The Essential Guide to Doing Transition. The Essential Guide to Doing Transition. - Page 28

Build a network

Most of us are naturally part of networks, be it our family, friends or community. Networks empower people as the health of the whole community depends on the health of the community as a whole, so the more you can work together and support each other the more you strengthen and nourish each other. Building networks is about building mutual friendships and support for your project and the work of others.

They help build Transition in your community by raising awareness of what you are doing

and building a network of support that can bring all kinds of surprises, such as:

• More opportunities may come your way when developing projects

• You may find that you already have a relationship with potential partners

• May find you start to get help and support from your community just when you need it

• You unleash the collective gifts and genius of parts of your community you weren't even aware of

Building networks is all about supporting each other

Strong effective networks develop when people support and trust each other, the following are some of the ways that you can do this:

• Organize an event where local resources can be promoted and shared

• Support & publicise other groups' projects and events on your web site and newsletter etc...

• Ask a local group or agency to host a web site listing all the brilliant and dedicated local groups and projects working for a more caring and life-enhancing world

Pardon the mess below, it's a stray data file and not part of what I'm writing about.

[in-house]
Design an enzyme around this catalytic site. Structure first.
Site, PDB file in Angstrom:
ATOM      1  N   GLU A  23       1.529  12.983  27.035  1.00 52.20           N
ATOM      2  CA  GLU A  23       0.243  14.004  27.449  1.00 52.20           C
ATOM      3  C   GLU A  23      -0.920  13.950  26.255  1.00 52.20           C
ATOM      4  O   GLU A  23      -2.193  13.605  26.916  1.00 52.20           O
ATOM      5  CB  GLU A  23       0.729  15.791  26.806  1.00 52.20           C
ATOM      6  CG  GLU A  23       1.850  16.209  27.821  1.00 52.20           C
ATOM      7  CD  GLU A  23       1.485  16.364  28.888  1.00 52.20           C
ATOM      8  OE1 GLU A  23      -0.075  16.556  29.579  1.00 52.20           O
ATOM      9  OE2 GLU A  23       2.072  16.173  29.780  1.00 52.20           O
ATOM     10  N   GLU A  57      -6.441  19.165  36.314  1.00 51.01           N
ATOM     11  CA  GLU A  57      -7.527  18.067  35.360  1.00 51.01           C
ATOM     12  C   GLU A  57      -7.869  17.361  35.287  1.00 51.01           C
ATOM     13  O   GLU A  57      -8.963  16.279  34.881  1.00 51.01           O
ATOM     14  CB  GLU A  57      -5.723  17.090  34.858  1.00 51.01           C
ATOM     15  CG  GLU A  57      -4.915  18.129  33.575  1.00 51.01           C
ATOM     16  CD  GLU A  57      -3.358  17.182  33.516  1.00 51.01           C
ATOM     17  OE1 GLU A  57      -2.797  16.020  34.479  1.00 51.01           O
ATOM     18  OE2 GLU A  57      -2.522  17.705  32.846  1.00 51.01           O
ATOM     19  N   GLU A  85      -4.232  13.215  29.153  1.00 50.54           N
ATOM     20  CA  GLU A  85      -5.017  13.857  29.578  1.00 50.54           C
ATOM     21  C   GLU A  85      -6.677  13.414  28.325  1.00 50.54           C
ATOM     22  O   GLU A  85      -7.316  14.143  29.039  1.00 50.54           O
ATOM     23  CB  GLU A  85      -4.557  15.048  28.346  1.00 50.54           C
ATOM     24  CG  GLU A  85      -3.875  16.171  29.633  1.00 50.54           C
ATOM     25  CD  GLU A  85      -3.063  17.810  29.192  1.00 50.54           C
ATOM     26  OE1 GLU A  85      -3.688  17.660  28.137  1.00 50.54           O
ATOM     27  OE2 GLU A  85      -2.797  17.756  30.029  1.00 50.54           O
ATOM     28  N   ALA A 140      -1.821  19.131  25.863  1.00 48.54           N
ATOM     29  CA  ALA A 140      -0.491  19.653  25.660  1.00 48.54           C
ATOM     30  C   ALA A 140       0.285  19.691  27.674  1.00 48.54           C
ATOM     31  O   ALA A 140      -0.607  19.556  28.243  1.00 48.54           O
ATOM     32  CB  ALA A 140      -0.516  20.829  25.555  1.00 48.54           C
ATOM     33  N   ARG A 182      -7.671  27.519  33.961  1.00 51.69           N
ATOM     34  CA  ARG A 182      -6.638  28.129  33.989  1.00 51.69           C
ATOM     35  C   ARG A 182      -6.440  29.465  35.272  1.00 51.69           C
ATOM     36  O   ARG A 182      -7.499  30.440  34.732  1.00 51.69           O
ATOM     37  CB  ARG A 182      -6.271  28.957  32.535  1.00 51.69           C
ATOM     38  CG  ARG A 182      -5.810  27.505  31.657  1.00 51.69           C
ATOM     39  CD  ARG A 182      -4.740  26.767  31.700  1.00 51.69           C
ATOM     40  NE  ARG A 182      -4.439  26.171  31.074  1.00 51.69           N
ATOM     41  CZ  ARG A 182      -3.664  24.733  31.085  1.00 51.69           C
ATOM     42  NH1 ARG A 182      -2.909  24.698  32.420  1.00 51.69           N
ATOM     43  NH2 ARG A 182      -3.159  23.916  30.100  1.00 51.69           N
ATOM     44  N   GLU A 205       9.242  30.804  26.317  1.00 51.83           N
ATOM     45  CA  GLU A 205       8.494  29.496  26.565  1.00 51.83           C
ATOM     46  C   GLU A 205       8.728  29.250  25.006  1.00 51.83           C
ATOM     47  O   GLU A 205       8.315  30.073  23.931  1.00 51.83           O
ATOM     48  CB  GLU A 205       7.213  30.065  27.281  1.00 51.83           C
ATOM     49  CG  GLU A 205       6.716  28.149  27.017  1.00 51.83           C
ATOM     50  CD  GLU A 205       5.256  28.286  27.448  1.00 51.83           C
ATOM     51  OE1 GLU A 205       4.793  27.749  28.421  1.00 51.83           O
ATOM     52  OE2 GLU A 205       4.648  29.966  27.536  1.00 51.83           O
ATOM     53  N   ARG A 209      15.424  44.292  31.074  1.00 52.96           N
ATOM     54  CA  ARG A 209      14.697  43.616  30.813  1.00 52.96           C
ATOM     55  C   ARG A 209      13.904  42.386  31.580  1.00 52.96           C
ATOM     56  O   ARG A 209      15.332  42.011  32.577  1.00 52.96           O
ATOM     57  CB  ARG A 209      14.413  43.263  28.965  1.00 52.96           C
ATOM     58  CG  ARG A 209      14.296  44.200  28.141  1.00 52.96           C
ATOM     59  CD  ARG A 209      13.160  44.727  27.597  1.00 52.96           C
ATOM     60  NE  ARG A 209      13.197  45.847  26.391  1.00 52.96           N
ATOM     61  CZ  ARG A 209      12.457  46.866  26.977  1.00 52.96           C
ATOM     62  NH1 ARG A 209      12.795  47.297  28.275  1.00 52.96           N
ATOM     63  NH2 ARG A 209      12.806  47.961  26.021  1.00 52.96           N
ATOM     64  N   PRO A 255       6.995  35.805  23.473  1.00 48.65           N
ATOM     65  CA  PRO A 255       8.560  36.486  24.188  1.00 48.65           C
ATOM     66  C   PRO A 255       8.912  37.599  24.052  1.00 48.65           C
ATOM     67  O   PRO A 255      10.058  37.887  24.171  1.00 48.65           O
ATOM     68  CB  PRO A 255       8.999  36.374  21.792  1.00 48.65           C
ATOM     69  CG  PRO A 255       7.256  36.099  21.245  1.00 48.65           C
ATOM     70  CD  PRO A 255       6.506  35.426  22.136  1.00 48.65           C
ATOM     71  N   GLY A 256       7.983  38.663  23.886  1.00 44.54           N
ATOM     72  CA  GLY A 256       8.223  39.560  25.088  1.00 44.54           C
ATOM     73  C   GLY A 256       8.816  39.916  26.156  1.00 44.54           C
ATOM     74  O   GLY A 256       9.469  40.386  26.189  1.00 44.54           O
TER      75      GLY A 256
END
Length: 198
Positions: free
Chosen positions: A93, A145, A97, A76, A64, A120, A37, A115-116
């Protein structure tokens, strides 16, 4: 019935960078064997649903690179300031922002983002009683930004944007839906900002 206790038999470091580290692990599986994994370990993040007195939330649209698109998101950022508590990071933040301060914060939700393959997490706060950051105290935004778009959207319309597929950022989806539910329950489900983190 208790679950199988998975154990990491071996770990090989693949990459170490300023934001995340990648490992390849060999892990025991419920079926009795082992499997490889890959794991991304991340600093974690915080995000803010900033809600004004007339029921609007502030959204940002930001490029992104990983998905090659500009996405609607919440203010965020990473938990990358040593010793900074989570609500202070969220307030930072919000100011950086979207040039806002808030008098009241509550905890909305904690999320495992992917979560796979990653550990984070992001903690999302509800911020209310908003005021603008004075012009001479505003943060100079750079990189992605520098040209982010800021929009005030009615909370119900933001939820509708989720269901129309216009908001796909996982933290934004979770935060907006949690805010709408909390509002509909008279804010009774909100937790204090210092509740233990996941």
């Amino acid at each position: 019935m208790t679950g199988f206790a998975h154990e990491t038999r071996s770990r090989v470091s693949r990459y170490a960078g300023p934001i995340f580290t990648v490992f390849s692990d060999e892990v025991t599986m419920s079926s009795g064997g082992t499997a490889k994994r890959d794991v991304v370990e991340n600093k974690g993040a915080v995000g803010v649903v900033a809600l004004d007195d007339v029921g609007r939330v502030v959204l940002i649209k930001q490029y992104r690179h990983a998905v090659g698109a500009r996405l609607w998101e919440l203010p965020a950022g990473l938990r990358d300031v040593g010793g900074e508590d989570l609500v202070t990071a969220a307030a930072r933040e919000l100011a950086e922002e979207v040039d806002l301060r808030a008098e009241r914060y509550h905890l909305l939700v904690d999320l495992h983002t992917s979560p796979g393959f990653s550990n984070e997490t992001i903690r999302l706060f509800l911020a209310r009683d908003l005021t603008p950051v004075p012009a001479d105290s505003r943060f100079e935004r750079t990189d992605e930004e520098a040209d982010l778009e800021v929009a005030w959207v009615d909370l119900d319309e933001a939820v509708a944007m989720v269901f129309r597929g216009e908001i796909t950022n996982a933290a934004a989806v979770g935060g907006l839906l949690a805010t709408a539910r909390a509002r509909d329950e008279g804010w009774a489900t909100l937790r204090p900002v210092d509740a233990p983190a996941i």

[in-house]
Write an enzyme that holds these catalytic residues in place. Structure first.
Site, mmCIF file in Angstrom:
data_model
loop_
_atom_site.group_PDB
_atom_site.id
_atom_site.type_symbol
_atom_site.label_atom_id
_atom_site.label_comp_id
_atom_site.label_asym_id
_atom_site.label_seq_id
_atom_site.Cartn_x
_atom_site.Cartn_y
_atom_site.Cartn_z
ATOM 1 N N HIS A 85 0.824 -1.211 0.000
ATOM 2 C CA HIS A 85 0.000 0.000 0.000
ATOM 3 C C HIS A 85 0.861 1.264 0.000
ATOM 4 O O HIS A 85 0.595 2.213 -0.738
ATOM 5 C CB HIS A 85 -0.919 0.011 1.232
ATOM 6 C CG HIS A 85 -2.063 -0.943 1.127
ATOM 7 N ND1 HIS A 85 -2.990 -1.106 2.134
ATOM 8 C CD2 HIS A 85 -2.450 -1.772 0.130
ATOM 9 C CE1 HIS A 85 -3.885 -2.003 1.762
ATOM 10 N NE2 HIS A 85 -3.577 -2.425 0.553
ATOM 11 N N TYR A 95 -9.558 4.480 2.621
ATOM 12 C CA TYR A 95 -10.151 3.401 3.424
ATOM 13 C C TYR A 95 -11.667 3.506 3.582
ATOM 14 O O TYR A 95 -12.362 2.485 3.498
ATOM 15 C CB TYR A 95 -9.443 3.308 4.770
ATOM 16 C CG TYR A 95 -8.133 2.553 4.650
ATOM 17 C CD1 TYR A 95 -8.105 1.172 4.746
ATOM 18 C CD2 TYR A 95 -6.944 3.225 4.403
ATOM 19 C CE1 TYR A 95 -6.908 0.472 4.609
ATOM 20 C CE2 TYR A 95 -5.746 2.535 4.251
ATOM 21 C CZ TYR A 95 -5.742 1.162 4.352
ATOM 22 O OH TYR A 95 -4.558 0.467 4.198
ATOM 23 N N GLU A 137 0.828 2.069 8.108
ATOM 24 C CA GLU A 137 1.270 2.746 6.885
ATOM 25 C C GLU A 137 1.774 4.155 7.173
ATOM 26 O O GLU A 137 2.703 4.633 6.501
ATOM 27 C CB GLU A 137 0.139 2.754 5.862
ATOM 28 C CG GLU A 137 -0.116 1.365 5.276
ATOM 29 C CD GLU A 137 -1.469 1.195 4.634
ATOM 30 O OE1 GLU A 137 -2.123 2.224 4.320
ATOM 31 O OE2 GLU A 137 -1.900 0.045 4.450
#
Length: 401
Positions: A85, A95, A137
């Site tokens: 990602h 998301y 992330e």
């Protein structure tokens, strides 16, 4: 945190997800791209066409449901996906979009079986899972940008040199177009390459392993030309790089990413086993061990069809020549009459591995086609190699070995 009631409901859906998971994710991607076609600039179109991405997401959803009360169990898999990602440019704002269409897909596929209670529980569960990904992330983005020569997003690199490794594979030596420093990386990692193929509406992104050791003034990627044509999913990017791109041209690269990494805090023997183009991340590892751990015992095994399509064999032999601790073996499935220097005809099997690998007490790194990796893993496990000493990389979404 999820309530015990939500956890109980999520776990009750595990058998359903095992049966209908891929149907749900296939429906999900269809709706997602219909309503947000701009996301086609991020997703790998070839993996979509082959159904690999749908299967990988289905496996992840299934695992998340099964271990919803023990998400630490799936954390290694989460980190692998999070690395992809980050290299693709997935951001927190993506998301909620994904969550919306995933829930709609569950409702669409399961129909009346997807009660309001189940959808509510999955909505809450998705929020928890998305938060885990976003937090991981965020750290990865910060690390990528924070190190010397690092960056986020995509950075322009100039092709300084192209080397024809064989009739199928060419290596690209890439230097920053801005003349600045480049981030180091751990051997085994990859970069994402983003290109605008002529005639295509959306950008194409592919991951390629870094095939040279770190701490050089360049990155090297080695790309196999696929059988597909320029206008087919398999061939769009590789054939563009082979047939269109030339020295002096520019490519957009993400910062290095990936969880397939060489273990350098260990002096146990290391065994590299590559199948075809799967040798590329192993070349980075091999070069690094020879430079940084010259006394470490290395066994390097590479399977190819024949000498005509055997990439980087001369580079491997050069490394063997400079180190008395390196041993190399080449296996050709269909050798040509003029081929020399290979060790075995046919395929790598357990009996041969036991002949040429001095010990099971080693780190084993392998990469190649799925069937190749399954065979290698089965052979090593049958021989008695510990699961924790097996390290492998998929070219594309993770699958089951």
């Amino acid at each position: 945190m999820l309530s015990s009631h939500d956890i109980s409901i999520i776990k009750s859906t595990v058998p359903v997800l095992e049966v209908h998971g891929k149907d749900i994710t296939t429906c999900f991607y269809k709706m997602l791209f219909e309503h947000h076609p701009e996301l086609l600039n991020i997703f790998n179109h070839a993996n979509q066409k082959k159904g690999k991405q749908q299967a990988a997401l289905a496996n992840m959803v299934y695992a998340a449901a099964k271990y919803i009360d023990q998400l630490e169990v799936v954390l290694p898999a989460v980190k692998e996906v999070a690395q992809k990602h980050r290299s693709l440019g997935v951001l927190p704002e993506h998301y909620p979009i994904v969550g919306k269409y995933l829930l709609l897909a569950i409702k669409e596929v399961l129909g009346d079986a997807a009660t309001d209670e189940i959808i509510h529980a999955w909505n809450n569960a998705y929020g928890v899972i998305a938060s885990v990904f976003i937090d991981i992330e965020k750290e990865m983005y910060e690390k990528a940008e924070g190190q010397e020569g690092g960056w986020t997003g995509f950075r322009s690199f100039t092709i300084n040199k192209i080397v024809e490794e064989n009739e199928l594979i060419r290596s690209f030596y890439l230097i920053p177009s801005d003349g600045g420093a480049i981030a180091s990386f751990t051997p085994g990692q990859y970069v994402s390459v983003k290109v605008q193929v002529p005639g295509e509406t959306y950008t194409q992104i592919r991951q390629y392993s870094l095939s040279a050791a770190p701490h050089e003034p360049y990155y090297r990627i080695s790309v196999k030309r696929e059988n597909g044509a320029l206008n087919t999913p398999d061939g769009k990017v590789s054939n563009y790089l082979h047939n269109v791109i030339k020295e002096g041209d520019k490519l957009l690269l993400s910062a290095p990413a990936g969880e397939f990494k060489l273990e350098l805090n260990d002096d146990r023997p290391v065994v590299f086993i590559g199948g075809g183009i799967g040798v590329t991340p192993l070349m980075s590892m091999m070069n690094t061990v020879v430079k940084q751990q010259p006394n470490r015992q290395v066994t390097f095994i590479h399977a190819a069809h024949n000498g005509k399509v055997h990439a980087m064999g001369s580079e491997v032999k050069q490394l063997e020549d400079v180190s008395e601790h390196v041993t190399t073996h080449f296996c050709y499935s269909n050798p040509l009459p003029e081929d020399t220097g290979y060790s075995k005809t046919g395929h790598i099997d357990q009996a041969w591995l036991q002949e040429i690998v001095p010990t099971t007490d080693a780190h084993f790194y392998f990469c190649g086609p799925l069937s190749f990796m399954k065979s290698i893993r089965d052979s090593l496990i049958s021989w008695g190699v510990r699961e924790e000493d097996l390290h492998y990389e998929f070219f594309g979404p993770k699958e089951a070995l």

• Ask local groups and a diverse range of respected leaders to be Advisors to your Transition group

Who to network with and ways to build your network

The Big List Exercise is a great exercise to really think about all the potential groups or individuals in your community who may support your work. This might help you to decide some of the groups and people it could be useful to develop networks and partnerships with.

Building networks is all about developing relationships, so it is always great to meet people in person if possible. It really helps if you do it a bit of research on the group/person you are meeting beforehand so that you can:

• Learn a bit about the group, for example what their aims are, what needs they are addressing and how long the group has been going for

• Think about what it is that you like about their group

• Consider how you will introduce yourself and your group

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